If you are a Canadian who owns property in the United States such as US real estate or if you are an American living in Canada, you may have heard about US Estate Tax. The Internal Revenue Service (“IRS”) levies this tax against your estate upon your death on (i) the fair market value of all assets comprising your worldwide assets if you are a US citizen or Green Card holder (even if you live in Canada) or (ii) only on the fair market value of your US situs assets if you are a Canadian citizen and resident.
US citizen or a Green Card holder
For a US citizen or a Green Card holder, if the fair market value of his or her worldwide estate is below the US federal Estate Tax exemption amount of $11.4 million USD, his or her US estate tax is zero regardless of whether he or she lives in the United States, is an American living in Canada, or lives elsewhere in the world. If, however, the worldwide estate’s value exceeds the US federal Estate Tax exemption amount of $11.4 M USD, then US Estate Tax may be owed barring certain additional credits and planning strategies for eliminating and deferring US Estate Tax. For a US citizen or Green Card whose worldwide estate’s value exceeds the US federal Estate Tax exemption amount, a US Estate Tax return (Form 706) must be filed to declare these assets and any US Estate Tax owing.
Canadian citizen with US assets
For a Canadian citizen and resident who owns US situs assets such as US real estate or shares in US corporations, a two-pronged test is applied to determine if US Estate Tax is owed. Under the first prong, the value of the Canadian’s US situs assets is determined. If their value exceeds $60,000 USD, a non-resident US Estate Tax return (Form 706-NA) must be filed. If, however, their value is equal to or less than $60,000 USD, then no US Estate Tax return (Form 706-NA) needs to be filed.
The second prong is only applicable if the Canadian’s US situs assets’ value exceeds $60,000 USD. Under this prong, the value of the Canadian’s worldwide estate is determined. If the value of the worldwide estate exceeds the US federal Estate Tax exemption amount of $11.4 M USD, US Estate Tax may be owed barring certain additional credits and planning strategies for eliminating and deferring US Estate Tax. If, however, the value of the worldwide estate is less than the US federal Estate Tax exemption amount, no US Estate Tax is owed.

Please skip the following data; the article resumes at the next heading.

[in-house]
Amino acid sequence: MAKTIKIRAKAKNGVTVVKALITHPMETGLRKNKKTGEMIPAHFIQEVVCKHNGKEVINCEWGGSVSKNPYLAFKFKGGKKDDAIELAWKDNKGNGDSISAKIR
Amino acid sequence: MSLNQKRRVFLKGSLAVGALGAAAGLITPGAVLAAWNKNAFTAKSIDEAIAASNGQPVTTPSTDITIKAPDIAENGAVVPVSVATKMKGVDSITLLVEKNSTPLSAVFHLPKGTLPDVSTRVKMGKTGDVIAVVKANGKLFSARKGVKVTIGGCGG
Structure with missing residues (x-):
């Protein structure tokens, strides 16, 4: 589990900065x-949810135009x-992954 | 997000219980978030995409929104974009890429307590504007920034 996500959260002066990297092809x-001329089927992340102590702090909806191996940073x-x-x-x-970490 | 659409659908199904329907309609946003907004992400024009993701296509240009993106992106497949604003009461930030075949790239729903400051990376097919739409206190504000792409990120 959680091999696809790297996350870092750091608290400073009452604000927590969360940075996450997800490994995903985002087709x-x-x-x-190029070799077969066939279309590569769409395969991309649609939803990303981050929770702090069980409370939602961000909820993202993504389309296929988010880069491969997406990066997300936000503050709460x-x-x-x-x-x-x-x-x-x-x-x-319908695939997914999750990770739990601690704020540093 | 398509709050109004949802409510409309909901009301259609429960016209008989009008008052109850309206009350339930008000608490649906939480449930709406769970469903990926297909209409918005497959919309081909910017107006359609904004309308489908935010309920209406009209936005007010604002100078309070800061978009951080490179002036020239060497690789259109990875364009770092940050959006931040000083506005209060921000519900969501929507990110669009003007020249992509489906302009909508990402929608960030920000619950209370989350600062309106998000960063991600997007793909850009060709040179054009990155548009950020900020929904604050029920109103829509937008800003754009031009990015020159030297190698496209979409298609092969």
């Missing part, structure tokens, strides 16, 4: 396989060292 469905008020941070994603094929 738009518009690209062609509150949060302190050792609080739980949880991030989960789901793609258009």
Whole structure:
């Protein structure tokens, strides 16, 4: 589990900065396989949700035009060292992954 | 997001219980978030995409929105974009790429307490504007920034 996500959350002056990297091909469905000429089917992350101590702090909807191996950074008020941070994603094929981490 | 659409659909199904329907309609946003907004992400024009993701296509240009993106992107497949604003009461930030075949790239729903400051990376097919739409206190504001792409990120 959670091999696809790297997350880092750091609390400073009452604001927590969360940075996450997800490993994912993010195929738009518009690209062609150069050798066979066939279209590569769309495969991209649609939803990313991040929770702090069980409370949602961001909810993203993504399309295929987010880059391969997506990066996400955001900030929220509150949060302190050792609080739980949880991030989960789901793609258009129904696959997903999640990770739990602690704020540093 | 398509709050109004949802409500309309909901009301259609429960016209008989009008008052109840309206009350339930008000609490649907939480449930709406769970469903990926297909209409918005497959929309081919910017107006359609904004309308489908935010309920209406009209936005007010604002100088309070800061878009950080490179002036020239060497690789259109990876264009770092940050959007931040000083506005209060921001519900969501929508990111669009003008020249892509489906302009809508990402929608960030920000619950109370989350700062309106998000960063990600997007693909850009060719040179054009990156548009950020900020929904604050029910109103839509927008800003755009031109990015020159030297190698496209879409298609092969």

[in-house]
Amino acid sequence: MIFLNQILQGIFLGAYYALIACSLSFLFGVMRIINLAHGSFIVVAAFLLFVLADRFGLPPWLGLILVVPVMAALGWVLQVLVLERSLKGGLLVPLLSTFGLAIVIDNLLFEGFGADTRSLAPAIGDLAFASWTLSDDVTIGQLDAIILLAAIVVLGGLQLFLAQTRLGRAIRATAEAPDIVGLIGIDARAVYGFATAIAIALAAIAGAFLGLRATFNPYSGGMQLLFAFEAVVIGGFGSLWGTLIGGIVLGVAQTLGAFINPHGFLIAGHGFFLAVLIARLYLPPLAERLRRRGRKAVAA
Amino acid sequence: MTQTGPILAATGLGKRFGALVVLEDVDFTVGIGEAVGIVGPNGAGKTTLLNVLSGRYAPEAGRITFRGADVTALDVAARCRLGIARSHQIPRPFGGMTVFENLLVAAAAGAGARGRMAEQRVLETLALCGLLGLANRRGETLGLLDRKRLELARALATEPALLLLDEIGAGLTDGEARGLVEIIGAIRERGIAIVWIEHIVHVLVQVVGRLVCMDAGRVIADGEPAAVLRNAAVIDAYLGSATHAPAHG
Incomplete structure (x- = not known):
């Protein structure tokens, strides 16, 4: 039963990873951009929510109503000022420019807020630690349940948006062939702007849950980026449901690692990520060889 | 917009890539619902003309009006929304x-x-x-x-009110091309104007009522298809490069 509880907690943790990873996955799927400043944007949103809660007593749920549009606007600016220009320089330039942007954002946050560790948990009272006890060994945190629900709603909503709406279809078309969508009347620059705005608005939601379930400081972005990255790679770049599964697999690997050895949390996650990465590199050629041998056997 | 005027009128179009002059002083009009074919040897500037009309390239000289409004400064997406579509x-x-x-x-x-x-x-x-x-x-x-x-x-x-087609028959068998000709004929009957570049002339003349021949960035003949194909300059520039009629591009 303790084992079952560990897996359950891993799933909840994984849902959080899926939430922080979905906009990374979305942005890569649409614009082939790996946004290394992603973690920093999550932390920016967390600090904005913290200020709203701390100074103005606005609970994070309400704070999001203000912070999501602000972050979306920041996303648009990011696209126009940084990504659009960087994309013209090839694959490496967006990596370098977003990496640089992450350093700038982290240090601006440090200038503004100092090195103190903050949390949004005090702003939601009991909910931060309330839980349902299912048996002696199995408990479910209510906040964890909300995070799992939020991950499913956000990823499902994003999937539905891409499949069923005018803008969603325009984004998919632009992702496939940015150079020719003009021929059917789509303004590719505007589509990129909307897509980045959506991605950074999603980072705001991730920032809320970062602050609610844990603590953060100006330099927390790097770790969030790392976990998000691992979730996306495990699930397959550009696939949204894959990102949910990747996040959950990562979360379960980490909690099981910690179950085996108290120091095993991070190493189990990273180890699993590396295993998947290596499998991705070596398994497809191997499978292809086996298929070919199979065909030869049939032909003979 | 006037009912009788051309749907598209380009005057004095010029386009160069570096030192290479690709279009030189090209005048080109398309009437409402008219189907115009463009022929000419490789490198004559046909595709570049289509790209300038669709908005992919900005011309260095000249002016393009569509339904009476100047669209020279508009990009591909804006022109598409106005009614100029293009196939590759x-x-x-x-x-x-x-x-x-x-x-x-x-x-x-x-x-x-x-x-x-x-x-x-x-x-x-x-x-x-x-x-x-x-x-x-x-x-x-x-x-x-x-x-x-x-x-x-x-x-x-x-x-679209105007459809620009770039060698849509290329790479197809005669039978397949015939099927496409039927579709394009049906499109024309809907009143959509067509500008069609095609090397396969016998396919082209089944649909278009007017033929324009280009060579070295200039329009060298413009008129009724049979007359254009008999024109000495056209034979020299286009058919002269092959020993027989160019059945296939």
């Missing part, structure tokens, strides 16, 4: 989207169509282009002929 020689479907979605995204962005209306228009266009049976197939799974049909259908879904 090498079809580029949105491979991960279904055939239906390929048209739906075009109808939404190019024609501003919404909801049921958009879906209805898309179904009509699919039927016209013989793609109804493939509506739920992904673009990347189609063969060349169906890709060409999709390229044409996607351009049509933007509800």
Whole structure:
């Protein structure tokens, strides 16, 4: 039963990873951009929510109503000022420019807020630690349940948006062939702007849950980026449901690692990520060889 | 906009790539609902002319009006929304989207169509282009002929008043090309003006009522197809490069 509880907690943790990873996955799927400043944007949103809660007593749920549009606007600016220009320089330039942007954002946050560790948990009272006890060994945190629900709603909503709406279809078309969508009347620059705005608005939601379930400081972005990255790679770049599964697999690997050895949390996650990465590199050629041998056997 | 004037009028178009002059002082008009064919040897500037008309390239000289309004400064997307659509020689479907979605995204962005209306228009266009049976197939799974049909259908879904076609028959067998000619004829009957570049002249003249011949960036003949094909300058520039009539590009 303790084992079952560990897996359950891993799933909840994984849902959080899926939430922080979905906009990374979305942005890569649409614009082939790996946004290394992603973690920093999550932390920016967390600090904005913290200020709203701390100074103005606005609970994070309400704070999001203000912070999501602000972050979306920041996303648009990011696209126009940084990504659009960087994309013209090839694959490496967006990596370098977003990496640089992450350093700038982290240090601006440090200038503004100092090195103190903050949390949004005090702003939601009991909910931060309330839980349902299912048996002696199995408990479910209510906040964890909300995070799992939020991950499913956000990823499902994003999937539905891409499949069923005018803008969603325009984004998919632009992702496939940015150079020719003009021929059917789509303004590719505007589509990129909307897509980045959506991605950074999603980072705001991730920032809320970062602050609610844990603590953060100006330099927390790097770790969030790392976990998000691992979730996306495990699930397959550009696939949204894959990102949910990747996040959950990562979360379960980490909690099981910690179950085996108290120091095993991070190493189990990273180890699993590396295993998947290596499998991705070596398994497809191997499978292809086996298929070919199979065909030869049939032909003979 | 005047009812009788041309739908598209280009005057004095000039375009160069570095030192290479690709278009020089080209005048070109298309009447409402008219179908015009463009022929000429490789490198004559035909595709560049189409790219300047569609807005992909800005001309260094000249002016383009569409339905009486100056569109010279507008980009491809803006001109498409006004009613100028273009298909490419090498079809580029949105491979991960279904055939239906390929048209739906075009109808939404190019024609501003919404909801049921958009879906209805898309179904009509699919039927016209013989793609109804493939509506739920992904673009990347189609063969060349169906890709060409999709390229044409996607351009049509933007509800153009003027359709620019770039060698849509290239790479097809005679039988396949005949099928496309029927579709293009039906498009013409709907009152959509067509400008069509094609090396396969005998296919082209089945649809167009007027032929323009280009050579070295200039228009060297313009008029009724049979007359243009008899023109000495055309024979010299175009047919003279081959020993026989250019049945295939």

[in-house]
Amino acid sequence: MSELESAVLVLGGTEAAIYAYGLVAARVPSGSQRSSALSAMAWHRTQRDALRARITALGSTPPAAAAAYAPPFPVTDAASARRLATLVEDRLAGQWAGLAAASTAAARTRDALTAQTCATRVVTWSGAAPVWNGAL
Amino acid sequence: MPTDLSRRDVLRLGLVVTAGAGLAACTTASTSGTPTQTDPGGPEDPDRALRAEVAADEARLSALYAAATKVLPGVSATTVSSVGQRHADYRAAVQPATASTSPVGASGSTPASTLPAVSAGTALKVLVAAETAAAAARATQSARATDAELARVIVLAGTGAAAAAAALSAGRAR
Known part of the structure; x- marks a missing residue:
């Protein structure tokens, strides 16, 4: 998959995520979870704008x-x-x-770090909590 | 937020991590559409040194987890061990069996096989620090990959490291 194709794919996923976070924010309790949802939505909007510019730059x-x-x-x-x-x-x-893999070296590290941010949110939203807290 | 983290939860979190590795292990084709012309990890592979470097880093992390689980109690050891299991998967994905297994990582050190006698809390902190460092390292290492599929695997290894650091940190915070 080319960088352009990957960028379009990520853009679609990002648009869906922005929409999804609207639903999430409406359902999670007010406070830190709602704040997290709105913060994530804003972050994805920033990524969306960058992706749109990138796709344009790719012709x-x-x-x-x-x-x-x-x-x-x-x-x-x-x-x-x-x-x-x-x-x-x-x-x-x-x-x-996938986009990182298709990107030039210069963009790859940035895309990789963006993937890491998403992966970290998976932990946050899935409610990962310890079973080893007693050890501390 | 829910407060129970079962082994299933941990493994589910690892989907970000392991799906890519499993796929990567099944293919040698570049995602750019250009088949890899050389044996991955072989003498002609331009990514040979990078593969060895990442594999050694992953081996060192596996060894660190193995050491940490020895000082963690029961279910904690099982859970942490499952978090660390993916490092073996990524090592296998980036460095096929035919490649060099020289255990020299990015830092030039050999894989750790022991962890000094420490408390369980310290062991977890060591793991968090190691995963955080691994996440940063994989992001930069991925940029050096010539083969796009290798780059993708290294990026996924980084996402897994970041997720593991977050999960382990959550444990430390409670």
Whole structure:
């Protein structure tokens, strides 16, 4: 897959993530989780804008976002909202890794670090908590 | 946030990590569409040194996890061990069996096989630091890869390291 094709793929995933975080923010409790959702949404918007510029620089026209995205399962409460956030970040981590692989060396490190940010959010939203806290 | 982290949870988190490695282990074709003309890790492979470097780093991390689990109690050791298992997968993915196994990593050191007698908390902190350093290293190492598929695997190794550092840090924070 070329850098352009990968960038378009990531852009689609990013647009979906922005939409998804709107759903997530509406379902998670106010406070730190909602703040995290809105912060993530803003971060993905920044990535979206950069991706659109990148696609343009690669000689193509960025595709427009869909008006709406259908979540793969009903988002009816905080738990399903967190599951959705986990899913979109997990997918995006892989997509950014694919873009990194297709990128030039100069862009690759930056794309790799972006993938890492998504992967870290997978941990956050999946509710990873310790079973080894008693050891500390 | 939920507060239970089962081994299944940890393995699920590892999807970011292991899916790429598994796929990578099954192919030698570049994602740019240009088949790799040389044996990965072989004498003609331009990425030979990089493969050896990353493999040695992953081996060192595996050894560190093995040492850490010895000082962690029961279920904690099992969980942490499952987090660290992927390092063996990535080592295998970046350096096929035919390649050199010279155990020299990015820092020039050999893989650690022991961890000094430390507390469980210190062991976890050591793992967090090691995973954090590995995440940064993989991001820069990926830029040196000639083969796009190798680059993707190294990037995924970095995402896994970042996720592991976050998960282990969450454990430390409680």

Specific attention must be paid in calculating the value of a person’s worldwide estate for US Estate Tax purposes because everything counts in calculating US Estate Tax liability, including life insurance proceeds. Moreover, assets held in certain trusts, which are intended to be excluded from a person’s estate, may nevertheless be included in calculating his or her worldwide estate.
On our website, we provide a US Estate Tax calculator for estimating your potential US Estate Tax liability. To use this calculator, please click on the link below.
In a companion blog entitled “Canadians Owning US Property: Watch Out for State Estate Taxes and State Inheritance Tax”, we present the State Estate Taxes and State Inheritance Taxes that are still in effect in a number of US States and which may apply to Canadians who own property in these States, whether they are Americans, Americans living in Canada, or solely Canadian citizens and residents.
If you fall into any of the aforementioned categories of persons, our team of experienced cross border tax and estate planning professionals can advise you on all of the applicable tax and estate planning issues.
U.S. Estate Tax Calculator
If you hold U.S. assets, we recommend that you consult one of our cross border experts to discuss solutions and strategies for U.S. estate tax, probate and other cross-border tax and estate planning issues.
*In order to calculate your exposure, use the calculator below. Please note that the calculator reflects the changes to U.S. estate tax effective January 1, 2019. The calculator is updated annually to reflect annual adjustments to the exemption amount.
The comments offered in this article are meant to be general in nature and are not intended to provide legal advice regarding any individual situation. Before taking any action involving your individual situation, you should seek legal advice to ensure it is appropriate for your circumstances.